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around the park, participate in fun and games and collect your Easter egg (£4 per trail). The Summer Theatre runs every weekend in August for a summer of fun in the open theatre set amongst the perfumery of the rose garden. From Shakespeare to Alice in Wonderland and the History of Britain, there is something for everyone. Check the website for more details. Christmas Festive Fun throughout December brings festive frolics for all ages from dressing the main Christmas tree and Santa’s grotto to shopping and much more.

oPen: every day except Christmas day and Boxing day, 8am – 6pm (5pm in winter) – free to enter.

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Attractions Golden Hinde ii

THAMES SAILING BARGE GRETA

www.goldenhinde.com London Bridge, London, Se1 9dg T: 020 7403 0123 e: bookings@goldenhinde.com

www.greta1892.co.uk WHITSTABLE HARBOUR, WHITSTABLE, KENT T: 07711 657919 E: Greta@greta1892.co.uk

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informaTion: open seven days a week between 10am and 5:30pm, but closed during private events. Please check the website before travelling.

INFORMATION: Greta sails from March to October. A weekday day sail costs £44 per person or £480 for a private charter (12 passengers). Weekend or bank holiday day sails cost £49 per person or £540 for a private charter.

uilt in 1973 to commemorate the life of Sir Francis Drake and his famous voyage in 1577, Golden Hinde II is a fun way to learn about life at sea for Tudor sailors. Located in historic Bankside, with stunning views of the Thames, you can take an interactive tour of the ship. Hear tales of Drake’s voyage around the world, and learn about weapons and warfare in the 16th century. Let the costumed actors take you around the ship and bring history to life.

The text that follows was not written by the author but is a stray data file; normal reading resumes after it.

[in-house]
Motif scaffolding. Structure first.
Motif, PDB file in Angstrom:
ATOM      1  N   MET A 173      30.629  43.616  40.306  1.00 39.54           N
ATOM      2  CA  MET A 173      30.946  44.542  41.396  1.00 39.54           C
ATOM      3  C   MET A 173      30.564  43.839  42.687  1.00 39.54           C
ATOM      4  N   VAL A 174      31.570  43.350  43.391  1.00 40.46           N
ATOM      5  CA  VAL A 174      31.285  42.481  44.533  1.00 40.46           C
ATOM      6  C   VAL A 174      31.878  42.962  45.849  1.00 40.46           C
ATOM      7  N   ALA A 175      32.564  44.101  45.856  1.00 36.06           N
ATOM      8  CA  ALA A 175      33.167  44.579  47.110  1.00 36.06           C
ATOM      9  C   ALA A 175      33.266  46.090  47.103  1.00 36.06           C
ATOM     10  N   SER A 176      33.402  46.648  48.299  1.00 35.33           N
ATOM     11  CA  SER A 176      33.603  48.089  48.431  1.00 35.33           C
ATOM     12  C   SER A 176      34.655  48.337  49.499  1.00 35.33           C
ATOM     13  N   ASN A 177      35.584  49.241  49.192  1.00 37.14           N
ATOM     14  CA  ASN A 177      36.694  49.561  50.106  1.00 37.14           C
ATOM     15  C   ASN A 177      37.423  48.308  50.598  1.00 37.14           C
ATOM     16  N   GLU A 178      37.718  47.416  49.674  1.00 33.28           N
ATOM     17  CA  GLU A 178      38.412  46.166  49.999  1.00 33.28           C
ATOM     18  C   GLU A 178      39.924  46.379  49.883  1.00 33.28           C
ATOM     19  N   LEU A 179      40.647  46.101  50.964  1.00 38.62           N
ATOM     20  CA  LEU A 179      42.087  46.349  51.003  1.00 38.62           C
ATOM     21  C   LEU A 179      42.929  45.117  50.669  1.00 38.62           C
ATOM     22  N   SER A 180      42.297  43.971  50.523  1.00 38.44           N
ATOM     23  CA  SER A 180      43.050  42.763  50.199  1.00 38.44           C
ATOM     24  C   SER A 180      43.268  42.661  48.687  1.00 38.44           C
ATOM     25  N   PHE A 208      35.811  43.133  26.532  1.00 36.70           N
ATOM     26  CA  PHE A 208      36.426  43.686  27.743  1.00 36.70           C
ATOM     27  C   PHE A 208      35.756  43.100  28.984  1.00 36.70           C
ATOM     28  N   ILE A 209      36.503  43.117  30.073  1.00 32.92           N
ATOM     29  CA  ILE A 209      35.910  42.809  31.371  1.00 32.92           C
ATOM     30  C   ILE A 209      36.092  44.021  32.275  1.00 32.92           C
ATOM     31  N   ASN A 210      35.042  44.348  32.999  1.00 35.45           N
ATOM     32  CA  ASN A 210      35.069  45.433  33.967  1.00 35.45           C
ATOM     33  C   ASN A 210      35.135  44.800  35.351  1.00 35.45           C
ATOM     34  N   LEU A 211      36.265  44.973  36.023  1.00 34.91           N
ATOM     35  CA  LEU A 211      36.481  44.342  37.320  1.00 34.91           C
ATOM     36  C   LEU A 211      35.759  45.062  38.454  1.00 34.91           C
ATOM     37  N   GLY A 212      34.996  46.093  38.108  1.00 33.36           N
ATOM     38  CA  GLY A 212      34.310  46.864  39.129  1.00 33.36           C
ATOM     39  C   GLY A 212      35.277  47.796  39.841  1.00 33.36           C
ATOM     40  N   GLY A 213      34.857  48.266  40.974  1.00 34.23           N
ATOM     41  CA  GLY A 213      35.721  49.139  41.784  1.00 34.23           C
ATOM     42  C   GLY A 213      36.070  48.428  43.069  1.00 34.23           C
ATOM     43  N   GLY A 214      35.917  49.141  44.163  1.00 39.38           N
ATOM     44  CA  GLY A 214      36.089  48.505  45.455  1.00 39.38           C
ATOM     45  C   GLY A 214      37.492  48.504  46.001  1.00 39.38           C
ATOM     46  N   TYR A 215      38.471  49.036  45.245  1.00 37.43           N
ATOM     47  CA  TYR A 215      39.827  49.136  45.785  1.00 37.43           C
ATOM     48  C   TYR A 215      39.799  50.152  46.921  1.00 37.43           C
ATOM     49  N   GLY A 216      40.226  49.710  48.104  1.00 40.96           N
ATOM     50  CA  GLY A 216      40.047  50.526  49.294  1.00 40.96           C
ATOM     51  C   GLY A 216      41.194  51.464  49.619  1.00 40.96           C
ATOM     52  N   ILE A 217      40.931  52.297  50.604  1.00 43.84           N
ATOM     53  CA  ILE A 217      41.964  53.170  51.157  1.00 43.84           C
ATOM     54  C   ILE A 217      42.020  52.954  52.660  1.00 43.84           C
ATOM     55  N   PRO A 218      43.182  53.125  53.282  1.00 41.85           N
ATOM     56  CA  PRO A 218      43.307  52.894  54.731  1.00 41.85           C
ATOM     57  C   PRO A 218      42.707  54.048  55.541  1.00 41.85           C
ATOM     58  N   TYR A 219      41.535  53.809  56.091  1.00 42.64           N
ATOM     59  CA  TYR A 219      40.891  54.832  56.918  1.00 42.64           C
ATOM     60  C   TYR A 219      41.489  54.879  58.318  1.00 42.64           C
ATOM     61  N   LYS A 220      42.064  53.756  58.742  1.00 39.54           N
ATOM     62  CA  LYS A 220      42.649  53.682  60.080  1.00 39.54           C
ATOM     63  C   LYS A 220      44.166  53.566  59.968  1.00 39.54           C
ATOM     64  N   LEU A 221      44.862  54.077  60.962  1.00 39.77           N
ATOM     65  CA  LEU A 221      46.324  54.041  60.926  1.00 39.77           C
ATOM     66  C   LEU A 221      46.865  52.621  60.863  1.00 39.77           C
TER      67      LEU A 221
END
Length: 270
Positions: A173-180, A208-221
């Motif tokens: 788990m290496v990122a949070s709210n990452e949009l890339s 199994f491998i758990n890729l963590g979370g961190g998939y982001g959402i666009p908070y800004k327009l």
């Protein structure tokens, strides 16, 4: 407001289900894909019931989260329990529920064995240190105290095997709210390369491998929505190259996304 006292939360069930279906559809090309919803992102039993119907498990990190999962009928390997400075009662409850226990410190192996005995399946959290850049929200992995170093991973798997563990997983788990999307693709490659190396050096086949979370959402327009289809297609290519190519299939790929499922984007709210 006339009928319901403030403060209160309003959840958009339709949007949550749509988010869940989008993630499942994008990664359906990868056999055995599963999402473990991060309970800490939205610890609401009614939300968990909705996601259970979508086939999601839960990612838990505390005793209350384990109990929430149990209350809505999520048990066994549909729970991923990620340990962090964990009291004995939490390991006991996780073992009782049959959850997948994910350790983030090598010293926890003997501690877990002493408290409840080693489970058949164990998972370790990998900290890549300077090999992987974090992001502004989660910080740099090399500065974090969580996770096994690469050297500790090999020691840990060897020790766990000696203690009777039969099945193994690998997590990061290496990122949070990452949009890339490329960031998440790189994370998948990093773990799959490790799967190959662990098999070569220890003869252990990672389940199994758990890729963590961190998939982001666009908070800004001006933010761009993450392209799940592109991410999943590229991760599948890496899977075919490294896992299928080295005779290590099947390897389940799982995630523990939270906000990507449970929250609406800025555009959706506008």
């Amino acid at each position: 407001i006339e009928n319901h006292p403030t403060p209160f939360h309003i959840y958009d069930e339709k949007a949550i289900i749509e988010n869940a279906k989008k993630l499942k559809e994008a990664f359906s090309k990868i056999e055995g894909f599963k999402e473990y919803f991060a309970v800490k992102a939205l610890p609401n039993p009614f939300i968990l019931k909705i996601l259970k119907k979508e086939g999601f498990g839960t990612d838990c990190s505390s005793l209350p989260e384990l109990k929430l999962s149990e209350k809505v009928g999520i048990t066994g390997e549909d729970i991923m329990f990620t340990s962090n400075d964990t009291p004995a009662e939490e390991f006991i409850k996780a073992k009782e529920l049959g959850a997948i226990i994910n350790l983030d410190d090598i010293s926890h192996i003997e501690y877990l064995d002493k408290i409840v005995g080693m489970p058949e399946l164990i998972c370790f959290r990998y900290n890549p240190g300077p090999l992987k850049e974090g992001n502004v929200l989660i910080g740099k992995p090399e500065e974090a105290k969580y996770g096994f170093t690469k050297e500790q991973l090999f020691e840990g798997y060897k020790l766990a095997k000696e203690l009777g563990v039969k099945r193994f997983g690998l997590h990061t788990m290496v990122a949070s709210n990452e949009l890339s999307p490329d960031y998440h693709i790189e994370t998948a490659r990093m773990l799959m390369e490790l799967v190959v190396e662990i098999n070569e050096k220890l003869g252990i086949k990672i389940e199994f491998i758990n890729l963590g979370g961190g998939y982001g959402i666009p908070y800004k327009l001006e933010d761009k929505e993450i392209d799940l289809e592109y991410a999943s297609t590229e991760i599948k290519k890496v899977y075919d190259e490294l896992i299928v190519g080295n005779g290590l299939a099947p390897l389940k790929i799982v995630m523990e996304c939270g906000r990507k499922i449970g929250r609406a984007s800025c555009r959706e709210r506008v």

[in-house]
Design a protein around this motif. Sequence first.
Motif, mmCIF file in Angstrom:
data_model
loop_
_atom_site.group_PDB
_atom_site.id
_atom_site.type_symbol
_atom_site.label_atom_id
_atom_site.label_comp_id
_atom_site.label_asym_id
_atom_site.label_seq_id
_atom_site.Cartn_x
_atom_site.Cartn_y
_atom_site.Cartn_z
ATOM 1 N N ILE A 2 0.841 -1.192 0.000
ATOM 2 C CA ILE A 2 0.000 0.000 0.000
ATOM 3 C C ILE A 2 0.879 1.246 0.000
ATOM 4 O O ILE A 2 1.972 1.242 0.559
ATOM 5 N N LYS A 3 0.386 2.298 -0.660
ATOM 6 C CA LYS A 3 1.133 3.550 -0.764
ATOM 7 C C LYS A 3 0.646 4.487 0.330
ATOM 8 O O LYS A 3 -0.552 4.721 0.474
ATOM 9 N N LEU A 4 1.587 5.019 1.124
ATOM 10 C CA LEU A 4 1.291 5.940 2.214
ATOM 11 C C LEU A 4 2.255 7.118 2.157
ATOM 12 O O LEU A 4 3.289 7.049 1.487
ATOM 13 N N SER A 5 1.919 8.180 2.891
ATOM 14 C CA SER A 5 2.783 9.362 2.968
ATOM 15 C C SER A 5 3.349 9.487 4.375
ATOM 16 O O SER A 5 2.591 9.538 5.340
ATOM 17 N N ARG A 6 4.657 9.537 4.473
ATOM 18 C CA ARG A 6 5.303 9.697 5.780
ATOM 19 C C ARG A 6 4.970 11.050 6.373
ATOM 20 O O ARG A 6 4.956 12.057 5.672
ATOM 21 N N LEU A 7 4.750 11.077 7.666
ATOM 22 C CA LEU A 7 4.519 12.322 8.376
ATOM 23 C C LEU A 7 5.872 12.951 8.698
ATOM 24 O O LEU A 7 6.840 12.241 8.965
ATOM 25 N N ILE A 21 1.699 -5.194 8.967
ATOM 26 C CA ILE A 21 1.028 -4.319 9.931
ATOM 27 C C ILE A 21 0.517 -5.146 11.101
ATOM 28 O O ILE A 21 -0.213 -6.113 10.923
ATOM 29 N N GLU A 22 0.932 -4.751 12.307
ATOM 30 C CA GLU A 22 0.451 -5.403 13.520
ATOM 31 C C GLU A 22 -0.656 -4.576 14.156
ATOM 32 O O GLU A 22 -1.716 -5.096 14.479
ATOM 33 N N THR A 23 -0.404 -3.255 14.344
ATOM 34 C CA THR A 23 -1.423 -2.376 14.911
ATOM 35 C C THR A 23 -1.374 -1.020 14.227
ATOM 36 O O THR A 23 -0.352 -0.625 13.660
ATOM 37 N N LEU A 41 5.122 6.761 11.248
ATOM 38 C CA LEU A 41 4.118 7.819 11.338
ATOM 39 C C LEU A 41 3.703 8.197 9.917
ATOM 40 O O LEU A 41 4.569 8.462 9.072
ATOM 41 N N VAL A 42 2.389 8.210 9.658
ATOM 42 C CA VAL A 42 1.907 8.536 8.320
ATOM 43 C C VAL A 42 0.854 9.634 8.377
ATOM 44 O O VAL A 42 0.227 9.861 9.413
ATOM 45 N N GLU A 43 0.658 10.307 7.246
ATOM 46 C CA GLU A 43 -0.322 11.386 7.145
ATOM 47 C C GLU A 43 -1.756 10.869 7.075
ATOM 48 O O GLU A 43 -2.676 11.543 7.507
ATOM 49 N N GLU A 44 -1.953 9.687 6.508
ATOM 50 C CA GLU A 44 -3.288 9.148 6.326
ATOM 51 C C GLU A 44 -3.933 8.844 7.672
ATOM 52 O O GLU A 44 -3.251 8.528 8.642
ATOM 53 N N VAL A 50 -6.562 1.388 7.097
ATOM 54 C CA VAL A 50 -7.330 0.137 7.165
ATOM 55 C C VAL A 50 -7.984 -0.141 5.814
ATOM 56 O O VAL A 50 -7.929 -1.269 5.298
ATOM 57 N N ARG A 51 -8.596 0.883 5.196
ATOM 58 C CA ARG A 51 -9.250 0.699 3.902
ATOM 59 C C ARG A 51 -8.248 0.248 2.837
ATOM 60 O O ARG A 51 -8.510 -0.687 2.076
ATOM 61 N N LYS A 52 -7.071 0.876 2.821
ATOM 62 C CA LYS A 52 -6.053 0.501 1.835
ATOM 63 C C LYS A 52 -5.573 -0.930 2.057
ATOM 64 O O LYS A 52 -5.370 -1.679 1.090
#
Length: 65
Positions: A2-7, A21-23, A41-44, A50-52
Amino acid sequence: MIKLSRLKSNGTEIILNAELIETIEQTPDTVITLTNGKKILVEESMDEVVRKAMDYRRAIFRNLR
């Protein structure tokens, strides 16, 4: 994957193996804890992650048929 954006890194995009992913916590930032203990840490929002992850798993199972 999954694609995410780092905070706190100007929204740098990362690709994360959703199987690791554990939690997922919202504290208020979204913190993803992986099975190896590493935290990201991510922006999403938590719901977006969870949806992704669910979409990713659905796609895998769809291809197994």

reta is a Thames sailing barge and part of the National Historic Fleet. A Dunkirk Little Ship, she was built in 1892. Greta sails from the picturesque Whitstable Harbour throughout the summer months. Trips last around four to six hours and are totally relaxed from the outset, allowing passengers the time to unwind and experience a day at sea with a difference.

Sutton HouSe www.nationaltrust.org.uk/sutton-house 2 & 4 Homerton HigH Street, Hackney, London, e9 6JQ t: 020 8986 2264 e: suttonhouse@nationaltrust.org.uk

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uilt in 1535 by prominent courtier of King Henry VIII, Sir Ralph Sadleir, Sutton House retains much of the atmosphere of a Tudor home despite some alterations by later occupants, including a succession of merchants, Huguenot silkweavers and squatters. Discover oak-panelled rooms, original carved fireplaces, and Tudor arches hidden behind Georgian panelling and a charming courtyard. Our café, gift shop, tearoom, art gallery and second-hand book shop are all free to visit. A new garden, The Breakers Yard, will be open from August 2014 with a related exhibition throughout the year.

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Events at this historic house, which is nestled in the heart of a thriving London community, include free family days on the last Sunday of every month, offering children’s crafts and activities. Free guided tours are available on selected weekend afternoons. Group bookings are welcome.